And as it went, my wife died of cancer, but it was her wish I not be alone. So [Patty and I] got back together, and after [Kunneko’s] death we got married. But the infatuation, the love affair, the attraction, from 1957, never diminished, even though we had not seen each other in 40 years, almost.

KT: What was the Northside like when you and Patty were growing up here?

GC: I see the old when I walk around here, Foreland and James, Madison Avenue, Chestnut Street, Concord. I can still see 50, 60 years ago when I was a kid. The houses are still standing, but the people are gone. East Ohio Street was the place to be. You go down there, three of the best baker shops in the world were right on East Ohio Street. [The Workman Savings Bank] used to be on Madison Avenue and East Ohio Street. It was beautiful, all marble inside. You walked in there, heat of the summer, it was like air conditioning, gorgeous. And my grandmother banked in there, so I’d go in with her as a little boy, but all that’s gone.*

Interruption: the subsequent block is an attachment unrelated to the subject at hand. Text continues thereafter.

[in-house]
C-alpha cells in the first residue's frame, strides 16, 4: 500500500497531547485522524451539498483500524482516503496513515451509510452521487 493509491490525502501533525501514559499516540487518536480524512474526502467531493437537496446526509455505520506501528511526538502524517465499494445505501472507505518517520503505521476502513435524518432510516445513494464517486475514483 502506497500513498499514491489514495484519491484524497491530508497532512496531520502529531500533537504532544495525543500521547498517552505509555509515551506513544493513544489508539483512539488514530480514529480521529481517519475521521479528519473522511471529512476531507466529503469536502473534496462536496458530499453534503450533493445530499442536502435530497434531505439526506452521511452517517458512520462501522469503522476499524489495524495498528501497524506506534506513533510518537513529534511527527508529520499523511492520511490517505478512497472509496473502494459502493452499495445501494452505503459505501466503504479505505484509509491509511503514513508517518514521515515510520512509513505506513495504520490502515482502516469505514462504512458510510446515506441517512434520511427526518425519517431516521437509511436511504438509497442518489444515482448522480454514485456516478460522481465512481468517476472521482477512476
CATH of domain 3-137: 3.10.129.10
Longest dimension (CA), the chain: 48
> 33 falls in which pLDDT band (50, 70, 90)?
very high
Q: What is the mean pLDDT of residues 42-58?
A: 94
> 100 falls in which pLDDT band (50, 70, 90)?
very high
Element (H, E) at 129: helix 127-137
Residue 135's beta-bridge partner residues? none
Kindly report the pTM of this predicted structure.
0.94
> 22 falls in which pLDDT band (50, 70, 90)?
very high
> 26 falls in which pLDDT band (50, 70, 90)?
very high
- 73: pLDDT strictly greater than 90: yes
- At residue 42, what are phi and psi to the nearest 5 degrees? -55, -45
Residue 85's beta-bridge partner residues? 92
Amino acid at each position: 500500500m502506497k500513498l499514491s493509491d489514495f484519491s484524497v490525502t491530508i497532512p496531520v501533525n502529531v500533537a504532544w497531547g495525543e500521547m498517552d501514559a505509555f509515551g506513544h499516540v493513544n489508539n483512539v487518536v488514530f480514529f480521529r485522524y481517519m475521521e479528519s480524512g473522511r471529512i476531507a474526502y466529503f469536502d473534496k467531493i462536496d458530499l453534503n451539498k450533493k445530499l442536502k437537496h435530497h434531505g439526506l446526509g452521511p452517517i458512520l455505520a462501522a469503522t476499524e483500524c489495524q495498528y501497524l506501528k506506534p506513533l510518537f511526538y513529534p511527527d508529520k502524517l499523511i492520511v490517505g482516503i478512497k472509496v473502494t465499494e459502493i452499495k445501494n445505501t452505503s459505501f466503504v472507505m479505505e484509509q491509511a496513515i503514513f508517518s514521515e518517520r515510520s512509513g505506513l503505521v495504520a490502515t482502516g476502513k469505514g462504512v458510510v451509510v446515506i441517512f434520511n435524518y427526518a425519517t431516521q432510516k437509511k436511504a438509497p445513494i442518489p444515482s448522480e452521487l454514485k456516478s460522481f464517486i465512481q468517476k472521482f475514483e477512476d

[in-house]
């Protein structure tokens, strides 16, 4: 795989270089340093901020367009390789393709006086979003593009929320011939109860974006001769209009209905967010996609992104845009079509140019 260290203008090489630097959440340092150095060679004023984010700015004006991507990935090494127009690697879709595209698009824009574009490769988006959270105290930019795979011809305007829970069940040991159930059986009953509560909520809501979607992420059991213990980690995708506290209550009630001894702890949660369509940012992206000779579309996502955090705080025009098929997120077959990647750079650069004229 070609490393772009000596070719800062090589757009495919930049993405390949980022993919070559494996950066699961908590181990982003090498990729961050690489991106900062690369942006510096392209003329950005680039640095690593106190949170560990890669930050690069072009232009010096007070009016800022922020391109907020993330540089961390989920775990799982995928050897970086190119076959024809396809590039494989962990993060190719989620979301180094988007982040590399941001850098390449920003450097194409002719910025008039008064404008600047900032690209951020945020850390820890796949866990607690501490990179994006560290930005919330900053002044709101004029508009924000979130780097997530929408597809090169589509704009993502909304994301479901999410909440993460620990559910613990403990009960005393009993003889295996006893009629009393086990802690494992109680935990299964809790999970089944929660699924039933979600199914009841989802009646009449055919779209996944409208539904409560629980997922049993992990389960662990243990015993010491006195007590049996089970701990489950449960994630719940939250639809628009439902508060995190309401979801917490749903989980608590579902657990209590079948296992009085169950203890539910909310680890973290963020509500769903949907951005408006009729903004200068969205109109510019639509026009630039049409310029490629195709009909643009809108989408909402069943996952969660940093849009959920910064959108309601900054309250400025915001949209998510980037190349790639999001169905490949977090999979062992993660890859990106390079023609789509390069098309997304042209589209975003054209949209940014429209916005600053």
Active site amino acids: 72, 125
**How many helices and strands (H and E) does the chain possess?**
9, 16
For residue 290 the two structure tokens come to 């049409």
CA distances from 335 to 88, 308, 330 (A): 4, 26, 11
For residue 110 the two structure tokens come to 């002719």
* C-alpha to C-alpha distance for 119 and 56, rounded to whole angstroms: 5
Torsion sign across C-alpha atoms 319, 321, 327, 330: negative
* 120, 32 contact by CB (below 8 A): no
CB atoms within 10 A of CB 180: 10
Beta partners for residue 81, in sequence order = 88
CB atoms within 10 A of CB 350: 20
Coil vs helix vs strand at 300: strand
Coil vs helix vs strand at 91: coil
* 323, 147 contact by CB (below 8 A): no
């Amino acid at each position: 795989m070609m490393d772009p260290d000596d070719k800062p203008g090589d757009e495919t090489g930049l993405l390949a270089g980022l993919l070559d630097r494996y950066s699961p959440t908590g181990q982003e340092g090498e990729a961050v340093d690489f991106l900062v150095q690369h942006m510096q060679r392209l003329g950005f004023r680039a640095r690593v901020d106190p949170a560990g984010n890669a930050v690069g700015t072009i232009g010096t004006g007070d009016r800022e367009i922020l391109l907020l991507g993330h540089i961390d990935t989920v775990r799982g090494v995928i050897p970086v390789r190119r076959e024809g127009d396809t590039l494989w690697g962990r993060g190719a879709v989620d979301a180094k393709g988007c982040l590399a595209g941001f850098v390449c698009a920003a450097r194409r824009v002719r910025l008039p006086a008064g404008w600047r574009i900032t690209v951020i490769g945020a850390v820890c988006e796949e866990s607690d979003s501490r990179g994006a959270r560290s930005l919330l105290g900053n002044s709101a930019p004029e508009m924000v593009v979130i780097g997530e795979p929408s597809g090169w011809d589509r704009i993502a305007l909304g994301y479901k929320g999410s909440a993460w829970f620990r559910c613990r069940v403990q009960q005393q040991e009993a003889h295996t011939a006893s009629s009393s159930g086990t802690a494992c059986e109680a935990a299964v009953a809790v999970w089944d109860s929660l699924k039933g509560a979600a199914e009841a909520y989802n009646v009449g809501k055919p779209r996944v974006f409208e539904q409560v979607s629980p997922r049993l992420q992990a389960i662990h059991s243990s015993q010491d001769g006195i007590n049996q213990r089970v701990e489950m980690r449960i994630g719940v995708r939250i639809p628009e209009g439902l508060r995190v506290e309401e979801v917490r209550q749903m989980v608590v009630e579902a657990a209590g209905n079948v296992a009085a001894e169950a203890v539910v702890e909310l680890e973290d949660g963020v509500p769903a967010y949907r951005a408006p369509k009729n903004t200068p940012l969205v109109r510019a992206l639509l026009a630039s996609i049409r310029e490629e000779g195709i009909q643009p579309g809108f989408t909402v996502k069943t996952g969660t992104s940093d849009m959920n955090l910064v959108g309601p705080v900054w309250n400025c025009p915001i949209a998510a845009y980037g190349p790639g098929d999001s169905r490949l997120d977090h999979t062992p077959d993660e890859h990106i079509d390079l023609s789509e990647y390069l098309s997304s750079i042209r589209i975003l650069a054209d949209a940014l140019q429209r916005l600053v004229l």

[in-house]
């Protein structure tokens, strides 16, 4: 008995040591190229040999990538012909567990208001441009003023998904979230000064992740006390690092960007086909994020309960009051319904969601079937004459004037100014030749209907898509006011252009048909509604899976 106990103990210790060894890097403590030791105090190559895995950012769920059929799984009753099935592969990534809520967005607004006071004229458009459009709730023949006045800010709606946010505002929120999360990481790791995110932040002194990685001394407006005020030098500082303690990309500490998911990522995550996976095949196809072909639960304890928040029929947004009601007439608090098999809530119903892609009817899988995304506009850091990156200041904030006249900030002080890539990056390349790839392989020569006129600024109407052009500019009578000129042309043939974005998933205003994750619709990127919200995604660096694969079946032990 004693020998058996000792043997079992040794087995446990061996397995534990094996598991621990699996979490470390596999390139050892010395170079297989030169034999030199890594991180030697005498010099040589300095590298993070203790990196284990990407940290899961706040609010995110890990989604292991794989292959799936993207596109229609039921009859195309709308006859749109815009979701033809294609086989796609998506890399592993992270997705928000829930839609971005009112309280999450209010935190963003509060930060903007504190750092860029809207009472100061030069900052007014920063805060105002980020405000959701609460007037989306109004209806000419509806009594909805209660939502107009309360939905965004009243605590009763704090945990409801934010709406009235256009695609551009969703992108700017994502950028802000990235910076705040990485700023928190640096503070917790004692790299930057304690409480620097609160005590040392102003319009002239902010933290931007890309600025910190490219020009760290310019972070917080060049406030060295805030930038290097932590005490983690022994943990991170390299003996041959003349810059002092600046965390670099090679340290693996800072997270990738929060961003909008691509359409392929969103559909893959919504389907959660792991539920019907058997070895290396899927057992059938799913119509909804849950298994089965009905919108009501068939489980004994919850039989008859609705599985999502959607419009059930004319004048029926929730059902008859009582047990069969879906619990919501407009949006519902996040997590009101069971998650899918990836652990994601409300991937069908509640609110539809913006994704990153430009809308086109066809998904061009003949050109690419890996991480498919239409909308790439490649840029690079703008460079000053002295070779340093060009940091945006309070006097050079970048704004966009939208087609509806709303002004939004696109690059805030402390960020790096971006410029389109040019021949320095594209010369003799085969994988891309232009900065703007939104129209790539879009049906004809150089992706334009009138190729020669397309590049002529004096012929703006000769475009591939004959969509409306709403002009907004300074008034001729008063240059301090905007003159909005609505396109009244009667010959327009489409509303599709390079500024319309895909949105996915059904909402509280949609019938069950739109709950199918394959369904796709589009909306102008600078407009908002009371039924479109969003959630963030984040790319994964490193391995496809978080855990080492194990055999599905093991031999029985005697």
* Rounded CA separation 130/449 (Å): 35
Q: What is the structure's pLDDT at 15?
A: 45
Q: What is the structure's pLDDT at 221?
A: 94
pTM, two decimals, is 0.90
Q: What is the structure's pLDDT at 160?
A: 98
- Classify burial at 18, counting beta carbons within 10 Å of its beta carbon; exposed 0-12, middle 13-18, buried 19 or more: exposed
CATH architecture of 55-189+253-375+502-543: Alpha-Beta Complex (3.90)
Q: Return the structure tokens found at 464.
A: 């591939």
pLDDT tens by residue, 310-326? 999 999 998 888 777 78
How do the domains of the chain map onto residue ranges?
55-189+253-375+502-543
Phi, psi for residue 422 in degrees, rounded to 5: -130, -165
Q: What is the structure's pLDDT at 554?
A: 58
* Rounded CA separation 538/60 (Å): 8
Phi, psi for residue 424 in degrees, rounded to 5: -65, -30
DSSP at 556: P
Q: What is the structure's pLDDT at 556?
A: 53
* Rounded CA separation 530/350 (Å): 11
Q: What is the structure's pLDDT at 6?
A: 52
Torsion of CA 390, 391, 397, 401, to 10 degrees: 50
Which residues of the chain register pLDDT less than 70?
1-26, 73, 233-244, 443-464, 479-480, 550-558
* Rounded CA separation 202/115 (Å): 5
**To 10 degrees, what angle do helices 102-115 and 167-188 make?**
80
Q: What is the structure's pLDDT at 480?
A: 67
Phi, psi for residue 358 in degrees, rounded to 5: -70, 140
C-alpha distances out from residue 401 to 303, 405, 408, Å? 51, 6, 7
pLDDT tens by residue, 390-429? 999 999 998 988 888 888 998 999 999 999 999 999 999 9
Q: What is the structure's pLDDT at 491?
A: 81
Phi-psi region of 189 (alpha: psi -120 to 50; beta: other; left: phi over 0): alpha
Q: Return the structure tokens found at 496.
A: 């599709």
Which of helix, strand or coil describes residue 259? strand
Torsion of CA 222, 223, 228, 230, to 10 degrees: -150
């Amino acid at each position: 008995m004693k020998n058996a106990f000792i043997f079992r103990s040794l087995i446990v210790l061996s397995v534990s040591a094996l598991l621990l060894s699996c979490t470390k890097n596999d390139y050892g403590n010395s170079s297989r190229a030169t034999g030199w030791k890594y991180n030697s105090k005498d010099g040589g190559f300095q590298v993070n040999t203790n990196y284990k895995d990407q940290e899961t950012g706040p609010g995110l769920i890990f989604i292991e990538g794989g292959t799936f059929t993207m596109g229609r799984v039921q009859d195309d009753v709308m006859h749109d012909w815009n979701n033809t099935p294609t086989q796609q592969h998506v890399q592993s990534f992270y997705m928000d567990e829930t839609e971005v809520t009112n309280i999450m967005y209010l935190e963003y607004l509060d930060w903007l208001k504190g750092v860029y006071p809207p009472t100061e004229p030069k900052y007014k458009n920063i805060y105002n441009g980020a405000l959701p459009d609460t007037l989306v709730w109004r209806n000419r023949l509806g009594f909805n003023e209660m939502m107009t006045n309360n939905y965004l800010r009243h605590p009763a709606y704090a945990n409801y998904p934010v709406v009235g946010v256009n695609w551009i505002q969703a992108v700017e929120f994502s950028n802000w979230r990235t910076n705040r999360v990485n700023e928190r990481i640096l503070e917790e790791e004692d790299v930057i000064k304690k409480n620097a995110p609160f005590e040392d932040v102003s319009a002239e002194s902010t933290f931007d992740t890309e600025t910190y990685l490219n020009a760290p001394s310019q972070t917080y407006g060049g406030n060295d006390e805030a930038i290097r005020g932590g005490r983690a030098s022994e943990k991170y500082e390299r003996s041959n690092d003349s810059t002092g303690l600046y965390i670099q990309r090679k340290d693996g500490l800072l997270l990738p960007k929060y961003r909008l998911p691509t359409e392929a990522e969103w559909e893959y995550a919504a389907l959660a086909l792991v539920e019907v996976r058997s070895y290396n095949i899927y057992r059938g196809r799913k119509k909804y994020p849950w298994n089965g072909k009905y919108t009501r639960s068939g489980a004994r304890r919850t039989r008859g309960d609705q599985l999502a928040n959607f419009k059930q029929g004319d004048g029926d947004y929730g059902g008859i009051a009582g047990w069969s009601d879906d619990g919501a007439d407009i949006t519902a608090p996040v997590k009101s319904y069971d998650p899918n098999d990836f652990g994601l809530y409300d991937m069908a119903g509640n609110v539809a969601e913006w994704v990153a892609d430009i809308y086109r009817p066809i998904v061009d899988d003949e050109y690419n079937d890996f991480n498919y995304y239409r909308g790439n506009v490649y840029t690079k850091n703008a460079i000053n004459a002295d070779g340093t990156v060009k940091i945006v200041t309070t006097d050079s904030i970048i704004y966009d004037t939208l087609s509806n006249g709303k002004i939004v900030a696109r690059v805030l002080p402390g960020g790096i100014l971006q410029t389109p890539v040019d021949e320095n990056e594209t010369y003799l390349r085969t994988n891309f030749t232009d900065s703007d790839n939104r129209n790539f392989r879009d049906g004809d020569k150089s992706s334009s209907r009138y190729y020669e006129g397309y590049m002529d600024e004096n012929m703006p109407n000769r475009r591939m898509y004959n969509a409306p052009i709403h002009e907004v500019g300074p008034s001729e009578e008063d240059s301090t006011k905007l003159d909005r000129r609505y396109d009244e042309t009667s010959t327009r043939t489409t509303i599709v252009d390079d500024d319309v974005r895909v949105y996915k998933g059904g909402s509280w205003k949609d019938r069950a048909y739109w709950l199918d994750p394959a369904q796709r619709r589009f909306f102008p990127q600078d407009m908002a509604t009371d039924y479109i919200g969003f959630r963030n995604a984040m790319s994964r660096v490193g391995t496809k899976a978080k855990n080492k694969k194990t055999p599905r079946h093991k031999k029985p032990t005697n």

We’d put pennies on the street car track, and the old streetcars, they’d go flying. They’d go flying and we’d wait, and go out and look for the smashed pennies. Really neat. And in the old streetcars, the driver would go to the end of the line and he’d walk to the other end of the street car and go back. He couldn’t turn around. So he had two places to drive.

KT: Has prejudice and racism diminished for interracial couples today?